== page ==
posted by Christopher Howard — Sep 30, 2008
On September 25, 2008, Paul Jaskot and Linda Downs, respectively CAA’s president and executive director, sent the following letter to the US Senate’s Committee on the Judiciary in support of S. 2977, the Free Speech Protection Act of 2008:
The Hon. Arlen Specter, Sponsor
The Hon. Patrick Leahy, Chairman
Members of the Committee on the Judiciary
United States Senate
433 Russell Senate Office Building
Washington, DC 20510
S. 2977: The Free Speech Protection Act of 2008
We write in support of the proposed Free Speech Protection Act of 2008 (S. 2977). We are a professional organization of over 16,000 members that represents the interests of scholars, authors, artists, libraries, museums, and other individuals and institutions who work in the arts in the United States. We publish three scholarly journals, and support the publication of books and other scholarship through grant programs, an influential annual conference, a website, and other activities. As publishers, and as the representative of authors, artists, and scholars, we urge the Senate to approve S. 2977 expeditiously in this congressional session.
The United States is a beacon of free and open discourse. We produce some of the most widely respected and valued scholarship in the world, as well as some of the most influential art. Other countries and individuals worldwide look to us to set the highest standard for the free exchange of ideas, and our Constitution and Bill of Rights give us the ability to meet that standard.
Now, as publishing becomes ever more globalized, our freedom to publish under United States law is threatened. Libel suits filed in foreign countries pose a grave danger to the free speech rights of American authors, journalists, publishers, and readers. S. 2977 provides authors and publishers with urgently needed protections. This is an excellent bill, and its broad bipartisan support shows that Americans are united in our respect for and reliance on our cherished independence. We must not allow the libel laws of other countries to undermine American laws or chill protected speech.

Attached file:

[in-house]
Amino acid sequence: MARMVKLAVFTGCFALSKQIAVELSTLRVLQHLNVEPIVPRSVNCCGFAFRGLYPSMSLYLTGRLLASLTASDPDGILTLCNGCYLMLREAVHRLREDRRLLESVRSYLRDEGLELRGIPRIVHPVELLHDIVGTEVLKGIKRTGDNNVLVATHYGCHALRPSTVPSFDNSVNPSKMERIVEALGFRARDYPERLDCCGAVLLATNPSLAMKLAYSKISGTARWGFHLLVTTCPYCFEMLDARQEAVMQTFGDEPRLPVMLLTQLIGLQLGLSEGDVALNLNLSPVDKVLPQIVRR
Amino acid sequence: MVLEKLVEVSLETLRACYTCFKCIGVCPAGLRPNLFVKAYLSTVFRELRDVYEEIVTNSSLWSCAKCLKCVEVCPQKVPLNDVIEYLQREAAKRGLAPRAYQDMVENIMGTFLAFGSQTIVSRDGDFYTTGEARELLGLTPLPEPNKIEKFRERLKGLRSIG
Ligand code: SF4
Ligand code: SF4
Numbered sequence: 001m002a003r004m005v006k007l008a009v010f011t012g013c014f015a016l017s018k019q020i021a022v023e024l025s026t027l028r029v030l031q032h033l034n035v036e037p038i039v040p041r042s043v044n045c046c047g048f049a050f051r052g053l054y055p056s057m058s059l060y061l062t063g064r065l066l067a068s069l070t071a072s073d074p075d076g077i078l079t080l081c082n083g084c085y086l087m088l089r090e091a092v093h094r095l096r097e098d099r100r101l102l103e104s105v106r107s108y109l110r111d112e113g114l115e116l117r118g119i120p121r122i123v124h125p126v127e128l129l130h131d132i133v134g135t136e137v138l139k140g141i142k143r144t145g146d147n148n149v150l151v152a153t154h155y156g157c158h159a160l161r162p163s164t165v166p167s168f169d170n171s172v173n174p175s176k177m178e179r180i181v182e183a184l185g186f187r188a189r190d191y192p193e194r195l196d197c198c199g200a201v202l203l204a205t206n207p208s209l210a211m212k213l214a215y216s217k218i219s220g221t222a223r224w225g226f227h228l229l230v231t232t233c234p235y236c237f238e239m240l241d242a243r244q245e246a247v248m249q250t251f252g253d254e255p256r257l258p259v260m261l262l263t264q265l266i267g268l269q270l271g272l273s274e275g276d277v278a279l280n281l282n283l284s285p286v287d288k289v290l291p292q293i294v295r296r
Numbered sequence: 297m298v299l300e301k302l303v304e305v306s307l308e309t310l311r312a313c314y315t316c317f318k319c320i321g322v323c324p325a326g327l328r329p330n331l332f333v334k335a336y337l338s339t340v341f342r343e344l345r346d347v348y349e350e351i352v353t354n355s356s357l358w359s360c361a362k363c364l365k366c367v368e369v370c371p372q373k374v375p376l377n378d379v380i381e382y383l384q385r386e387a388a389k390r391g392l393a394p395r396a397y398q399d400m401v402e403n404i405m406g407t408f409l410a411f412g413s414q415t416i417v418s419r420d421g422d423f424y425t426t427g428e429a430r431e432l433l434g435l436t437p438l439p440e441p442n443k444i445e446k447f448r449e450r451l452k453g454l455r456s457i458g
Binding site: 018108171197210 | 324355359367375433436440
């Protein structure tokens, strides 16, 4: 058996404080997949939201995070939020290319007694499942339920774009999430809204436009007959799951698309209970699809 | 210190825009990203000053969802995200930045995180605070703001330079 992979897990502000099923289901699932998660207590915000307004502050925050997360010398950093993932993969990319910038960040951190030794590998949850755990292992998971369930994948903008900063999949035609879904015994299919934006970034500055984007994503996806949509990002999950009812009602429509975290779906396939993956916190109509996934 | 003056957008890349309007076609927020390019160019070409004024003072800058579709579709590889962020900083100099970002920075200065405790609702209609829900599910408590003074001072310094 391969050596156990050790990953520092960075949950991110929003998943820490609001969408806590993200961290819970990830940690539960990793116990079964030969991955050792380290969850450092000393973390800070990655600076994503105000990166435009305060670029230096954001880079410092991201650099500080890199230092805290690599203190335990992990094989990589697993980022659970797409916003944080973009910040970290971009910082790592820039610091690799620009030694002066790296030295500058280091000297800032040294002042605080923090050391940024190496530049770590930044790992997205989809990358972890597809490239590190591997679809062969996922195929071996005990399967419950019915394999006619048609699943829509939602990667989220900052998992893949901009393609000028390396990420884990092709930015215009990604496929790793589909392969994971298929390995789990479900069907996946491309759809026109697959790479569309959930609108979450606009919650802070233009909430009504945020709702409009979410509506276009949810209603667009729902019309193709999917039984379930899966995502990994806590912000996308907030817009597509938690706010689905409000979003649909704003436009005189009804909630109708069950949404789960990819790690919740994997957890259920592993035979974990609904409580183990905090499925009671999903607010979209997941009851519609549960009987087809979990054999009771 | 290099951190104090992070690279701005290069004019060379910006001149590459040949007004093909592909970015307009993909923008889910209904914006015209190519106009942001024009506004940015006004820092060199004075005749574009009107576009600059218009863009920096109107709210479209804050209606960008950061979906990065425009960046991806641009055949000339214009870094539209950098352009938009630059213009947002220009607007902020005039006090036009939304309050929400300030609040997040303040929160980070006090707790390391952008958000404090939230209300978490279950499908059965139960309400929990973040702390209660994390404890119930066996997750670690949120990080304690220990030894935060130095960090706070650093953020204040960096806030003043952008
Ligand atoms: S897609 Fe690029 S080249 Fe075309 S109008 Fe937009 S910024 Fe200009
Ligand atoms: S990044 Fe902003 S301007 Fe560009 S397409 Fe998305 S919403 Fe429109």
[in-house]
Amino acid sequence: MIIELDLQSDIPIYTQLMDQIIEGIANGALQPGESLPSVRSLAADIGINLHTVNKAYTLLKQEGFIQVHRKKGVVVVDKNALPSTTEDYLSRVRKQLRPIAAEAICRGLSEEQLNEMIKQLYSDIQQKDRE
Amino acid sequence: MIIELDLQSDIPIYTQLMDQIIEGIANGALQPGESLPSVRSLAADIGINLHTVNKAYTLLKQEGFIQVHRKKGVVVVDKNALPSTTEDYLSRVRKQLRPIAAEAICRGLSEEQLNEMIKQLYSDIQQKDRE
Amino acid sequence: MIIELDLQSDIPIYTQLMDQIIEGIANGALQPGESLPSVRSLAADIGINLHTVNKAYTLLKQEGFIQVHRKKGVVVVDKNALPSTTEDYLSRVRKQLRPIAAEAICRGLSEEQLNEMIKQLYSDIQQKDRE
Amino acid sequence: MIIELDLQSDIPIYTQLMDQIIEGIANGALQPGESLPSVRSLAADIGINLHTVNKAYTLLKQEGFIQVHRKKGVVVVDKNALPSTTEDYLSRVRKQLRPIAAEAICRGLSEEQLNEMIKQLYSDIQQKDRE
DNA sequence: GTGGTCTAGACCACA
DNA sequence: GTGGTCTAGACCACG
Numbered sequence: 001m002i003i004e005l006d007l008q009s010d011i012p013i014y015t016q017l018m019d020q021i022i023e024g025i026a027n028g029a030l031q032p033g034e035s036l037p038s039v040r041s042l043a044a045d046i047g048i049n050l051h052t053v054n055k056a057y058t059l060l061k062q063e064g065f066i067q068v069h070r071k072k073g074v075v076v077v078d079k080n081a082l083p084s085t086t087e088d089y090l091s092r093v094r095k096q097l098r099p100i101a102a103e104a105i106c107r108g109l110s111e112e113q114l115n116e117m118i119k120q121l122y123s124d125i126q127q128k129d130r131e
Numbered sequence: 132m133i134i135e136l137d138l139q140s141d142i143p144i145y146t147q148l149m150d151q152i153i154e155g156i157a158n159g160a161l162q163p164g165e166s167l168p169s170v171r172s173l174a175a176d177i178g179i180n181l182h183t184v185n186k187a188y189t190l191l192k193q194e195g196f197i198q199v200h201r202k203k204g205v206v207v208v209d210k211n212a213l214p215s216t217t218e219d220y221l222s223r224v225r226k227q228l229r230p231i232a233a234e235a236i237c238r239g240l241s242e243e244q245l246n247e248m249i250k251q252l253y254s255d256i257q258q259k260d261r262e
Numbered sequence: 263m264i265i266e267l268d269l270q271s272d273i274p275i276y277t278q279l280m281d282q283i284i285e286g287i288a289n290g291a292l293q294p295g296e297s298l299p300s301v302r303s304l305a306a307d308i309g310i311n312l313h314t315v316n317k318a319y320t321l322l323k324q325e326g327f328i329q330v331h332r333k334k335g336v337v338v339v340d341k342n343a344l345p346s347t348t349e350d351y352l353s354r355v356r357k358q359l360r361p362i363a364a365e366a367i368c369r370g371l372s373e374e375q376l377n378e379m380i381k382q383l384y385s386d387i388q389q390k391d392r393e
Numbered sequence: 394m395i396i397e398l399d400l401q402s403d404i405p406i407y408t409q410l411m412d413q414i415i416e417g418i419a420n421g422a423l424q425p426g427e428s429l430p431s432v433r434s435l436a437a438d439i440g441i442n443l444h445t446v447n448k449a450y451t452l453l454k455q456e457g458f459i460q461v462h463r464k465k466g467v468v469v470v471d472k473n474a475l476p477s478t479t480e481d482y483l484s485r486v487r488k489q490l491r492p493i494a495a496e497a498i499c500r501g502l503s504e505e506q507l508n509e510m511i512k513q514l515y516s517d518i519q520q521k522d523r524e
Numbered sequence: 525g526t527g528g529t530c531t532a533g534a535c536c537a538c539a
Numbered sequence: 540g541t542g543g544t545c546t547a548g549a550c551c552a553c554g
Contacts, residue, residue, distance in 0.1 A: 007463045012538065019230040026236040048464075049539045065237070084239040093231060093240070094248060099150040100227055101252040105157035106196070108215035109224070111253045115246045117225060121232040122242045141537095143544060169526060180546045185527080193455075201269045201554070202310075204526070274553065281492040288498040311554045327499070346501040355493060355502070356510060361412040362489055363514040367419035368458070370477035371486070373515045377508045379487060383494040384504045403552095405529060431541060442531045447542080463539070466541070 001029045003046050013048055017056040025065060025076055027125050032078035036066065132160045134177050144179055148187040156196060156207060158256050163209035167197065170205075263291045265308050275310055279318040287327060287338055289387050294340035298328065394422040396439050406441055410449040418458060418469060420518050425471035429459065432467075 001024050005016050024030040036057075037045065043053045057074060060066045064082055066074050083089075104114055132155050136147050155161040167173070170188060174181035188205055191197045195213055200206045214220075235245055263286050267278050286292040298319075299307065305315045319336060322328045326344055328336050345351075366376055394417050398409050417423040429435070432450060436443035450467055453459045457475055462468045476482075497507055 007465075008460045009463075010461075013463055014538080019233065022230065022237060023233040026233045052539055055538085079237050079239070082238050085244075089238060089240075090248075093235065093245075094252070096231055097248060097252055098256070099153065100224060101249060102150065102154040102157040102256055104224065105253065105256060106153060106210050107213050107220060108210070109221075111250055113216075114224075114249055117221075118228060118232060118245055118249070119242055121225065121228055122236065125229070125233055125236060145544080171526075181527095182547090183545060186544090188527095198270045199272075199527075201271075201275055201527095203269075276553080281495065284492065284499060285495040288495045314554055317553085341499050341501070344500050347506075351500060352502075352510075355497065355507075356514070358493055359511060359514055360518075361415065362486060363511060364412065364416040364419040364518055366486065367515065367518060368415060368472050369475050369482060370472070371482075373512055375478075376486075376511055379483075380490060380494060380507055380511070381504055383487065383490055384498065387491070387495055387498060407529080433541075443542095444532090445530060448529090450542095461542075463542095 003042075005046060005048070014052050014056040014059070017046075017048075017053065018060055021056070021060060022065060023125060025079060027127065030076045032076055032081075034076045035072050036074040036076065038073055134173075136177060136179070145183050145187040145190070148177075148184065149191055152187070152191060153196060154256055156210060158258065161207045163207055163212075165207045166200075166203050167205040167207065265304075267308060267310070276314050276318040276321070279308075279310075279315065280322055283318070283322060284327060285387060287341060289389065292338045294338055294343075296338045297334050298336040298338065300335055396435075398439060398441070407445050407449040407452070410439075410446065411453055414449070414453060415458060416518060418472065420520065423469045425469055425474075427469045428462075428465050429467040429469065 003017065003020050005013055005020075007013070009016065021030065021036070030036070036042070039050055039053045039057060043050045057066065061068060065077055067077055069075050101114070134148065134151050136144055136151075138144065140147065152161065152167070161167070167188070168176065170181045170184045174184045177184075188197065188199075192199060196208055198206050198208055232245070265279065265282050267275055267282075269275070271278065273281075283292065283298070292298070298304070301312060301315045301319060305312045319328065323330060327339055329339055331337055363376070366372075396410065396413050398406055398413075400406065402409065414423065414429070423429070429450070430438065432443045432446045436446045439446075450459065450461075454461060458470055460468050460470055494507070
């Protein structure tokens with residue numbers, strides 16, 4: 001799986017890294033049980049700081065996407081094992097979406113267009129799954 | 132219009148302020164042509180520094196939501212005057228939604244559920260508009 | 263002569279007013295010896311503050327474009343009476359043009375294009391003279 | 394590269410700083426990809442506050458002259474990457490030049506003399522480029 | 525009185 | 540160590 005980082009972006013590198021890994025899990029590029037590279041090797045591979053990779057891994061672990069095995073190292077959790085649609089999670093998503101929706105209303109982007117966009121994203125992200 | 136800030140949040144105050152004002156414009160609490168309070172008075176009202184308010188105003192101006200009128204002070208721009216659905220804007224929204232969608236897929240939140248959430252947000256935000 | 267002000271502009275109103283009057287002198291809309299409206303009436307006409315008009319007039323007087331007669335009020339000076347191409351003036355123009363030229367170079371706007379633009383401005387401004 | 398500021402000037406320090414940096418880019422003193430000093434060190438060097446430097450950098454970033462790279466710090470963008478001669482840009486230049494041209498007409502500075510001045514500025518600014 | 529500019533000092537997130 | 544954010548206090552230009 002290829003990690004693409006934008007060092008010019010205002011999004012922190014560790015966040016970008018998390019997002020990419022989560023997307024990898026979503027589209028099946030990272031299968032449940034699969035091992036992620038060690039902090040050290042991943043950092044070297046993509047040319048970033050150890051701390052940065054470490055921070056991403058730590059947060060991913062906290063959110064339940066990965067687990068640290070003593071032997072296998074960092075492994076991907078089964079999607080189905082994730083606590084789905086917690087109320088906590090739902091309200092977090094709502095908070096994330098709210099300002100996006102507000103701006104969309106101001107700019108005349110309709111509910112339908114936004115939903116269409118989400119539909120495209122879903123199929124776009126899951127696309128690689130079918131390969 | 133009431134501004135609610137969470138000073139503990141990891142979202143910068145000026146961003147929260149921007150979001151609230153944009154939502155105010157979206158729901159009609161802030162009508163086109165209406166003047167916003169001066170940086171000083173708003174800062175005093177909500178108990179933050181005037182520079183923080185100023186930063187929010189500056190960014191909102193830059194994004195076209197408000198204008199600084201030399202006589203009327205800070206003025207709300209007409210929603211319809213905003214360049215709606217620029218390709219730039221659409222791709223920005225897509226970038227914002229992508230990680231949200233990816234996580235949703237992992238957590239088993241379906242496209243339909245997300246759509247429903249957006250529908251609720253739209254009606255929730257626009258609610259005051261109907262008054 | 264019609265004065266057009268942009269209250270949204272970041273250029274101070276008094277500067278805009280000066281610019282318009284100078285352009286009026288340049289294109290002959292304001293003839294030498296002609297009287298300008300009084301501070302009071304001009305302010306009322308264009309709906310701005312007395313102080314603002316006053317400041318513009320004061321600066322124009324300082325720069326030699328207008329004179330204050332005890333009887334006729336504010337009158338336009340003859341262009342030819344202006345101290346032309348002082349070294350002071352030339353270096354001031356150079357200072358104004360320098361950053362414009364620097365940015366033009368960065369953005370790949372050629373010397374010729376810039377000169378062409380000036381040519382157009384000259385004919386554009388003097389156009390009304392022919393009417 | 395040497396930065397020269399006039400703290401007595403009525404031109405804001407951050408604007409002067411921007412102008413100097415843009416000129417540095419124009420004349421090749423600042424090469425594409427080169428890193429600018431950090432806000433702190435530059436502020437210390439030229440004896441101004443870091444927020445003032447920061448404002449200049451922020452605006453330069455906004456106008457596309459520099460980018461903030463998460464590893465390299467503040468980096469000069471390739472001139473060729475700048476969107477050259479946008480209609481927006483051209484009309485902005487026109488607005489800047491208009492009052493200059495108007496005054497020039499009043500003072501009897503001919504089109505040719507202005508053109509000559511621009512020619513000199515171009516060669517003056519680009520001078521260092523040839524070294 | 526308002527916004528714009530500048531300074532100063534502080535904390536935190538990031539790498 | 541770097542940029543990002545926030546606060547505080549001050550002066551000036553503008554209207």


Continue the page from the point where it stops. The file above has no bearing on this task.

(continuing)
We concur with the American Association of University Professors, American Booksellers Foundation for Free Expression, American Library Association, American Society of Newspaper Editors, Association of American Publishers, Association of American University Presses, the National Coalition Against Censorship, PEN American Center, and others, who wrote to you on September 10, 2008, stating: “Increasingly in recent years, individuals who challenge the accuracy of published materials have attempted to strike back at their authors by filing lawsuits in foreign countries, most commonly England. U.S. law requires the party alleging libel to prove that the statements objected to are actually false. To avoid this burden, libel plaintiffs have engaged in forum shopping—filing lawsuits in countries with either different burdens of proof or different definitions of libel or both.”
S. 2977 is modeled on the recent New York state law that broadens the jurisdiction of New York courts to ensure that foreign libel judgments not be enforced unless they meet New York and U.S. constitutional standards. S. 2977 adds further force to this excellent law by authorizing authors to countersue foreign plaintiffs in a U.S. court for damages of up to three times the amount of the foreign judgment if the foreign plaintiff acted to suppress the speech of the U.S. person.
Passage of S. 2977, the Free Speech Protection Act, is essential to ensure that weaker protections for free speech in other countries do not undermine our fundamental First Amendment freedoms.
Paul Jaskot, CAA President and Professor of Art and Art History, DePaul University; and Linda Downs, Executive Director